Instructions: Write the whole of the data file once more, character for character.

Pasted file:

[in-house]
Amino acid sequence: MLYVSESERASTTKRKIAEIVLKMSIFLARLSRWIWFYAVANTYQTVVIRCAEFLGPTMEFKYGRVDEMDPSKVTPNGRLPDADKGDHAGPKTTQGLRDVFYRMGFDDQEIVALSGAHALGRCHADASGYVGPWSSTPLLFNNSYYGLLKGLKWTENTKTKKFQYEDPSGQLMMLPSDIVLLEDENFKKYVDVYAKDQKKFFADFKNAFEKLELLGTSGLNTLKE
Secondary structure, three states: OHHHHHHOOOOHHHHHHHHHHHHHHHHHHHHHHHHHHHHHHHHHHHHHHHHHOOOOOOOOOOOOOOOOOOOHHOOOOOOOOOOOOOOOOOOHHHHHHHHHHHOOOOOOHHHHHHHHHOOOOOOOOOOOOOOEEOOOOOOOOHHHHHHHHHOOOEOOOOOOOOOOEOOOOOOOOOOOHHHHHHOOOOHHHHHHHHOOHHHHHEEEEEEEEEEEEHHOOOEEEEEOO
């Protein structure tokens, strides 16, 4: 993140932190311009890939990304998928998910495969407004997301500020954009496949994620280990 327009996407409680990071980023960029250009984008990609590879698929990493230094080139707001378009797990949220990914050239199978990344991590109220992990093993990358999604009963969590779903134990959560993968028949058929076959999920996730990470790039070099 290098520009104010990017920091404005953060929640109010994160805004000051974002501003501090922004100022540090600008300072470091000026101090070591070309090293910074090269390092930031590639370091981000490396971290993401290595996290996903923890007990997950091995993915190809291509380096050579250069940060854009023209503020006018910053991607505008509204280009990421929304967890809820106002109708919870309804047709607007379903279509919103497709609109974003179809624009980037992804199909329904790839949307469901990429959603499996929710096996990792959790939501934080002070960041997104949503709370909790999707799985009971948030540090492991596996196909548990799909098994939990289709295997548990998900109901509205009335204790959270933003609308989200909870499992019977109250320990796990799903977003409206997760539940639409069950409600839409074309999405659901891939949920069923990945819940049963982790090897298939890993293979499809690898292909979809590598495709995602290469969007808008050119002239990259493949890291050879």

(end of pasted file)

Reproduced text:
[in-house]
Amino acid sequence: MLYVSESERASTTKRKIAEIVLKMSIFLARLSRWIWFYAVANTYQTVVIRCAEFLGPTMEFKYGRVDEMDPSKVTPNGRLPDADKGDHAGPKTTQGLRDVFYRMGFDDQEIVALSGAHALGRCHADASGYVGPWSSTPLLFNNSYYGLLKGLKWTENTKTKKFQYEDPSGQLMMLPSDIVLLEDENFKKYVDVYAKDQKKFFADFKNAFEKLELLGTSGLNTLKE
Secondary structure, three states: OHHHHHHOOOOHHHHHHHHHHHHHHHHHHHHHHHHHHHHHHHHHHHHHHHHHOOOOOOOOOOOOOOOOOOOHHOOOOOOOOOOOOOOOOOOHHHHHHHHHHHOOOOOOHHHHHHHHHOOOOOOOOOOOOOOEEOOOOOOOOHHHHHHHHHOOOEOOOOOOOOOOEOOOOOOOOOOOHHHHHHOOOOHHHHHHHHOOHHHHHEEEEEEEEEEEEHHOOOEEEEEOO
């Protein structure tokens, strides 16, 4: 993140932190311009890939990304998928998910495969407004997301500020954009496949994620280990 327009996407409680990071980023960029250009984008990609590879698929990493230094080139707001378009797990949220990914050239199978990344991590109220992990093993990358999604009963969590779903134990959560993968028949058929076959999920996730990470790039070099 290098520009104010990017920091404005953060929640109010994160805004000051974002501003501090922004100022540090600008300072470091000026101090070591070309090293910074090269390092930031590639370091981000490396971290993401290595996290996903923890007990997950091995993915190809291509380096050579250069940060854009023209503020006018910053991607505008509204280009990421929304967890809820106002109708919870309804047709607007379903279509919103497709609109974003179809624009980037992804199909329904790839949307469901990429959603499996929710096996990792959790939501934080002070960041997104949503709370909790999707799985009971948030540090492991596996196909548990799909098994939990289709295997548990998900109901509205009335204790959270933003609308989200909870499992019977109250320990796990799903977003409206997760539940639409069950409600839409074309999405659901891939949920069923990945819940049963982790090897298939890993293979499809690898292909979809590598495709995602290469969007808008050119002239990259493949890291050879």